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Auto-da-fe, review, author unknown

     I suppose every book of poems is implicitly a declaration of a faith in language, and Auto-da-fe is explicitly so. The epigraph, from William Eastlake, is a kind of manifesto of hope: "Someone has got to believe in a future. Someone has got to give us a religion we can go by, and the truth is a defeatist....If there is no future, then the artist will make one". Make one, imagine one: the poet is committed to fiction. The poet bears witness—that is, knowledge as a sign—through language, which is both revelation and disguise. The richness in meaning of the title points to the spare, condensed complexity of the poems.

     Like Two Kinds of Honey and Lacerating Heartwood, Auto-da-fe has shape as a book; it is more than a random collection of poems. I wonder, though, if it is not divided into too many sections for a slender selection of poems. I liked the graphics at first, but I wonder now, after several readings, if the book isn't over-designed. These are marginal matters, which have to do with the book as something made, not with the poems, which on the whole speak with an unostentatious, clear colloquial voice at once lyrical and sturdy, a voice which, even when it is adopting the tone of a manifesto, does not over-insist on itself. The poems work at various levels, graphic and symbolic, but without rhetorical over-elaboration. "Heritage", describing the double quality of Doukhobor women, seems to me also to describe this double quality in the poems:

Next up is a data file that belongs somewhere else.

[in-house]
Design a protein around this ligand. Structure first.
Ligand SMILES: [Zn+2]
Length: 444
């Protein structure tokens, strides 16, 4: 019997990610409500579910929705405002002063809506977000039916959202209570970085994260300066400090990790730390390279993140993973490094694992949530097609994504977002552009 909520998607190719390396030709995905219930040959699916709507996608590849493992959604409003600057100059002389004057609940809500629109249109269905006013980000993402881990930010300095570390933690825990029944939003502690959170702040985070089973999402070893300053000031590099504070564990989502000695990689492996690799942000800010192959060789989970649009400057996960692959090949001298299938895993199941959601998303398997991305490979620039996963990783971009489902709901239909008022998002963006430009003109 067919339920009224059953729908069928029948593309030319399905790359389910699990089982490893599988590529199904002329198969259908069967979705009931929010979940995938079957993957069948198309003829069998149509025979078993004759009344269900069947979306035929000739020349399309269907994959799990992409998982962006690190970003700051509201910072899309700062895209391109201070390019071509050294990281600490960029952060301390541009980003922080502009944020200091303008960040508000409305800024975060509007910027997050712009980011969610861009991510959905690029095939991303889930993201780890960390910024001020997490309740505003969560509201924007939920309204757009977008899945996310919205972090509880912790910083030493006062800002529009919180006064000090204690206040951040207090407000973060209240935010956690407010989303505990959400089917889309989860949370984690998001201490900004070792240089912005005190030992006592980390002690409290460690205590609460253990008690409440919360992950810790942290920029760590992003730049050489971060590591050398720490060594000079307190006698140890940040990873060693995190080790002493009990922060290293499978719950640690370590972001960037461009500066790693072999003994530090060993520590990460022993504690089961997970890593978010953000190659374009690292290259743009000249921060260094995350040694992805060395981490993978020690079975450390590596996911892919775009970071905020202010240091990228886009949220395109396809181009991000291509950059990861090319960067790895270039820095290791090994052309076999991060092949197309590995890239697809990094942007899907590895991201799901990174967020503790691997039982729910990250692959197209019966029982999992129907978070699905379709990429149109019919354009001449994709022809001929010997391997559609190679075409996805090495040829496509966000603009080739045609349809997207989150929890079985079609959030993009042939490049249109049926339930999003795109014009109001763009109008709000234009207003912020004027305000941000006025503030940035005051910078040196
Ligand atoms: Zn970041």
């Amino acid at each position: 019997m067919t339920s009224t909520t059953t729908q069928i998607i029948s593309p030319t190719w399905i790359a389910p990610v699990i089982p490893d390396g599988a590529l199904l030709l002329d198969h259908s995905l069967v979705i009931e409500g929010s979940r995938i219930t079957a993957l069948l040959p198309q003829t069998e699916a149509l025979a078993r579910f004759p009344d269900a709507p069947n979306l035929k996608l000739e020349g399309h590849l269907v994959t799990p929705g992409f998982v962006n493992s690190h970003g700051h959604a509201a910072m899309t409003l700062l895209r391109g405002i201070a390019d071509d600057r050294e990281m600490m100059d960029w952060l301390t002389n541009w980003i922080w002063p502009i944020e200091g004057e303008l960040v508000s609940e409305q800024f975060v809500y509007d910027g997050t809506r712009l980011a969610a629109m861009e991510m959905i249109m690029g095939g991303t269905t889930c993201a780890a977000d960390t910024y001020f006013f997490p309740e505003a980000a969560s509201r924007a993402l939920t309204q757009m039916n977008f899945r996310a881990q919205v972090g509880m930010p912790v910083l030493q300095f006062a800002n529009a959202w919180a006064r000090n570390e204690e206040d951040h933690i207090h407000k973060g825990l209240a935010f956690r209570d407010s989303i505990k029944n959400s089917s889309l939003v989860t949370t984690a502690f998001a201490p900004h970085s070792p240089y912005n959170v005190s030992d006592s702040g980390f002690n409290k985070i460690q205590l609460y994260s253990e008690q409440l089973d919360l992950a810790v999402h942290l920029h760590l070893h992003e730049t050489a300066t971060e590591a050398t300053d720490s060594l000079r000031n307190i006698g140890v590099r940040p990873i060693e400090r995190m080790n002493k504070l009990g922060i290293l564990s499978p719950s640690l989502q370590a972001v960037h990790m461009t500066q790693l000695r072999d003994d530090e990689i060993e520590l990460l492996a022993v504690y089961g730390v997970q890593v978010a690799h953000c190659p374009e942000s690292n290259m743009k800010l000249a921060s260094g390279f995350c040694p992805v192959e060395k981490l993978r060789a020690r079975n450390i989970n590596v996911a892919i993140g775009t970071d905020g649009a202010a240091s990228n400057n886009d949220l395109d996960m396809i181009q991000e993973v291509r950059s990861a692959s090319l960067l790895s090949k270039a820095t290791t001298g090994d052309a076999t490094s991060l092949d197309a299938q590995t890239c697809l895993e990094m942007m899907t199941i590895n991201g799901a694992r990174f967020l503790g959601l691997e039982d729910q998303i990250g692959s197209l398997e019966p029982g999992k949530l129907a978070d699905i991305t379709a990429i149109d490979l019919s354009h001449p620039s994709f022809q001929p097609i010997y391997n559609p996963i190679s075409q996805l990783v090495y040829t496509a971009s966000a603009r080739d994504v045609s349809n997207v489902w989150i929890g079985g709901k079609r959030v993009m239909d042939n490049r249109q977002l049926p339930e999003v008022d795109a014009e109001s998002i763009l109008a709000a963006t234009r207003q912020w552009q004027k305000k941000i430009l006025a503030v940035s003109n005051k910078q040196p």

Doukhobor women, who lacking horses
or oxen
harnessed themselves to the plow
pulled a beast's burden
to break new land

knew the power of their body
break rules of government
by stripping their clothes
their faith
as 'spirit-fighters'
sure as their borsch-fed buttocks

and yet
something is frail about
those women
of my heritage
walking naked in protest

their flesh unlike any machine
or weapon

     Implicit in this poem—and explicit in, for example, "War Poem"—is one of the tensions which sustain Zonailo's poems: the contrast between destruction and creation. Yet, since these dichotomies are themselves, in their schematic rigidity, part of what is destroying us, the poet rarely renders them simplistically; rather, she weaves fictions which conflate opposites, or reveal their intricate inter-dependence:

Virgins and whores are myths
made up by men
unable to believe
their own image
                    (from “Hooker on Hastings Street”)

I fell from a feathered nest
and my poem became a flight
wounded in mid-air,
the cry of a bird
whose wings are words.
My poem became an open
mouth
fed by worms
my eyes turned
the same blue
as the cat's
and I forgot
whether I was predator
or victim.
               (from "Nest")